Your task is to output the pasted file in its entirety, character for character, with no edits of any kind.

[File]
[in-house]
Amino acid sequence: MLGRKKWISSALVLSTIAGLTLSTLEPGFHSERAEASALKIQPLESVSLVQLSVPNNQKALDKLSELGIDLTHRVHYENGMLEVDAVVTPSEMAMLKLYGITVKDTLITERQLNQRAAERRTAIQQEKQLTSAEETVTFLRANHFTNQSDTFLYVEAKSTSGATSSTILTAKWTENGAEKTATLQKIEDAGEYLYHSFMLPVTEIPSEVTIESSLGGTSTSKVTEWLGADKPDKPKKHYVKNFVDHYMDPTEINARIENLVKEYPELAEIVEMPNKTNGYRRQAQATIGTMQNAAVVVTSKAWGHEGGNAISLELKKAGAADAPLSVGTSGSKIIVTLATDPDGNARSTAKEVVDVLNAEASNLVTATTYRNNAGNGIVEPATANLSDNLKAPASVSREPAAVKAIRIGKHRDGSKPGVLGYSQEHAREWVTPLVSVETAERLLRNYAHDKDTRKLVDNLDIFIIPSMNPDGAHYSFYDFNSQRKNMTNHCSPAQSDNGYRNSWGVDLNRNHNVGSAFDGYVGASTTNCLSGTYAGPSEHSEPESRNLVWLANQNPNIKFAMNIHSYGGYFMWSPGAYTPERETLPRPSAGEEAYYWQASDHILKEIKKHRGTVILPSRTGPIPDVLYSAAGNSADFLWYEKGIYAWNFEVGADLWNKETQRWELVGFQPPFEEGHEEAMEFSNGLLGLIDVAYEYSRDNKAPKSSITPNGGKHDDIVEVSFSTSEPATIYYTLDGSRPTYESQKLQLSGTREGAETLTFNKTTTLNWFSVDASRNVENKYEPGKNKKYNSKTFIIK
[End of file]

[in-house]
Amino acid sequence: MLGRKKWISSALVLSTIAGLTLSTLEPGFHSERAEASALKIQPLESVSLVQLSVPNNQKALDKLSELGIDLTHRVHYENGMLEVDAVVTPSEMAMLKLYGITVKDTLITERQLNQRAAERRTAIQQEKQLTSAEETVTFLRANHFTNQSDTFLYVEAKSTSGATSSTILTAKWTENGAEKTATLQKIEDAGEYLYHSFMLPVTEIPSEVTIESSLGGTSTSKVTEWLGADKPDKPKKHYVKNFVDHYMDPTEINARIENLVKEYPELAEIVEMPNKTNGYRRQAQATIGTMQNAAVVVTSKAWGHEGGNAISLELKKAGAADAPLSVGTSGSKIIVTLATDPDGNARSTAKEVVDVLNAEASNLVTATTYRNNAGNGIVEPATANLSDNLKAPASVSREPAAVKAIRIGKHRDGSKPGVLGYSQEHAREWVTPLVSVETAERLLRNYAHDKDTRKLVDNLDIFIIPSMNPDGAHYSFYDFNSQRKNMTNHCSPAQSDNGYRNSWGVDLNRNHNVGSAFDGYVGASTTNCLSGTYAGPSEHSEPESRNLVWLANQNPNIKFAMNIHSYGGYFMWSPGAYTPERETLPRPSAGEEAYYWQASDHILKEIKKHRGTVILPSRTGPIPDVLYSAAGNSADFLWYEKGIYAWNFEVGADLWNKETQRWELVGFQPPFEEGHEEAMEFSNGLLGLIDVAYEYSRDNKAPKSSITPNGGKHDDIVEVSFSTSEPATIYYTLDGSRPTYESQKLQLSGTREGAETLTFNKTTTLNWFSVDASRNVENKYEPGKNKKYNSKTFIIK